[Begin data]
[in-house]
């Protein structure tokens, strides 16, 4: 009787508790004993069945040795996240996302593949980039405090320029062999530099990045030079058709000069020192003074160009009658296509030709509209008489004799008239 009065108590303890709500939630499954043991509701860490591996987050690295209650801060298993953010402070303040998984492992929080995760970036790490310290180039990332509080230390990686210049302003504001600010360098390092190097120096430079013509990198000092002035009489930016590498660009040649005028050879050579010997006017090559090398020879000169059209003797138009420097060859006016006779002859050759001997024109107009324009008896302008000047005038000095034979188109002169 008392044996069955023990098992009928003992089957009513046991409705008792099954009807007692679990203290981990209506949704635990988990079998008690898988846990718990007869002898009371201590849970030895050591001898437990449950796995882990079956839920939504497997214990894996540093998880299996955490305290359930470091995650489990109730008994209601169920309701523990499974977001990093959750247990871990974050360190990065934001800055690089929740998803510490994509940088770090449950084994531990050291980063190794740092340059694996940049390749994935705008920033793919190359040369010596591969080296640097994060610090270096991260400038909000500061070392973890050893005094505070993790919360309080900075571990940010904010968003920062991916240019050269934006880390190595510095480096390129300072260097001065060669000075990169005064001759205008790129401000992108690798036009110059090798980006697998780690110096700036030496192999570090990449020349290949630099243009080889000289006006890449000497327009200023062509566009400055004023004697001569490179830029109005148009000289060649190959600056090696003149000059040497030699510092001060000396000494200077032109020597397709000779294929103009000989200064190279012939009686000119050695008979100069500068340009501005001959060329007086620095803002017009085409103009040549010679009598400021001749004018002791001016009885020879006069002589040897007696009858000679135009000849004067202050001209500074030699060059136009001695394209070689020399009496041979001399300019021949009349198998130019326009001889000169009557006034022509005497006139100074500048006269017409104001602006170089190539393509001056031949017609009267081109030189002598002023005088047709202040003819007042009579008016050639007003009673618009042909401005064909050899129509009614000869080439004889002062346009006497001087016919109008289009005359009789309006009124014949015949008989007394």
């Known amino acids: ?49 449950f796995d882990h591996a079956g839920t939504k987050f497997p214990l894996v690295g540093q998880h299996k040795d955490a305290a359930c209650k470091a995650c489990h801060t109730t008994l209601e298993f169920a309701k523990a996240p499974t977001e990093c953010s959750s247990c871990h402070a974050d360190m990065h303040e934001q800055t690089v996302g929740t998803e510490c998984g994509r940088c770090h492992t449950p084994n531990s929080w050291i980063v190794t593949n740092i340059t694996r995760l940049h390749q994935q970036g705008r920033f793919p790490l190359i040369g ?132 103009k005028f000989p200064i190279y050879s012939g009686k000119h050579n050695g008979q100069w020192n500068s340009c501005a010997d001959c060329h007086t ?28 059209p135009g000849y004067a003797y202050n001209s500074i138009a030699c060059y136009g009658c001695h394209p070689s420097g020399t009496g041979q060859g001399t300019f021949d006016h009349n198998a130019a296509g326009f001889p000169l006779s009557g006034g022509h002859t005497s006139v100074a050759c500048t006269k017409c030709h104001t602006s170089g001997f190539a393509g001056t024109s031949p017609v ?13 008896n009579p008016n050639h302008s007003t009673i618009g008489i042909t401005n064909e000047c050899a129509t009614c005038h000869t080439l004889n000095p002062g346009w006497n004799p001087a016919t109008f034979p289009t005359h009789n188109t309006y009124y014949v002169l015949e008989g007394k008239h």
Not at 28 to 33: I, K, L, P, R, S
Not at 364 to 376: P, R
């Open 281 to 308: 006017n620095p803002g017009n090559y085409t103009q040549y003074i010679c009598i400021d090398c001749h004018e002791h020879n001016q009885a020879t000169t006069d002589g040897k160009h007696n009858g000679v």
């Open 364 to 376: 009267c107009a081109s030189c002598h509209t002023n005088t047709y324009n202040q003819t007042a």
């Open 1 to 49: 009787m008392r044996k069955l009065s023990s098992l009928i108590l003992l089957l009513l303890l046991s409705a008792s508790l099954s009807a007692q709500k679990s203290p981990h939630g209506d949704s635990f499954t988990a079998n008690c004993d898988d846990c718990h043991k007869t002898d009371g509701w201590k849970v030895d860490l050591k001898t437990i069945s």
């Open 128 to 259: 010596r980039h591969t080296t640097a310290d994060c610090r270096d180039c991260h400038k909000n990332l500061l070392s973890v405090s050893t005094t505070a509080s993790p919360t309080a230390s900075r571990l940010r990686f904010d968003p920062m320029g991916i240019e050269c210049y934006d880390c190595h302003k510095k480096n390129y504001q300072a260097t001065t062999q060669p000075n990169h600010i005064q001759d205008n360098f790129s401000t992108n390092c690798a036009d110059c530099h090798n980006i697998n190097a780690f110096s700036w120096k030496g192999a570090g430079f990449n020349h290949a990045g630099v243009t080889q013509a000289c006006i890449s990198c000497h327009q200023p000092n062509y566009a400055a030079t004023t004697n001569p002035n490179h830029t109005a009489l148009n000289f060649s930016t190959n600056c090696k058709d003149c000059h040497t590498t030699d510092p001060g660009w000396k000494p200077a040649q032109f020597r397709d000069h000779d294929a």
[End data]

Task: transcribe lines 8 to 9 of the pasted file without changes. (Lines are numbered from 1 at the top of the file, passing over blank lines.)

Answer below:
């Open 1 to 49: 009787m008392r044996k069955l009065s023990s098992l009928i108590l003992l089957l009513l303890l046991s409705a008792s508790l099954s009807a007692q709500k679990s203290p981990h939630g209506d949704s635990f499954t988990a079998n008690c004993d898988d846990c718990h043991k007869t002898d009371g509701w201590k849970v030895d860490l050591k001898t437990i069945s």
């Open 128 to 259: 010596r980039h591969t080296t640097a310290d994060c610090r270096d180039c991260h400038k909000n990332l500061l070392s973890v405090s050893t005094t505070a509080s993790p919360t309080a230390s900075r571990l940010r990686f904010d968003p920062m320029g991916i240019e050269c210049y934006d880390c190595h302003k510095k480096n390129y504001q300072a260097t001065t062999q060669p000075n990169h600010i005064q001759d205008n360098f790129s401000t992108n390092c690798a036009d110059c530099h090798n980006i697998n190097a780690f110096s700036w120096k030496g192999a570090g430079f990449n020349h290949a990045g630099v243009t080889q013509a000289c006006i890449s990198c000497h327009q200023p000092n062509y566009a400055a030079t004023t004697n001569p002035n490179h830029t109005a009489l148009n000289f060649s930016t190959n600056c090696k058709d003149c000059h040497t590498t030699d510092p001060g660009w000396k000494p200077a040649q032109f020597r397709d000069h000779d294929a």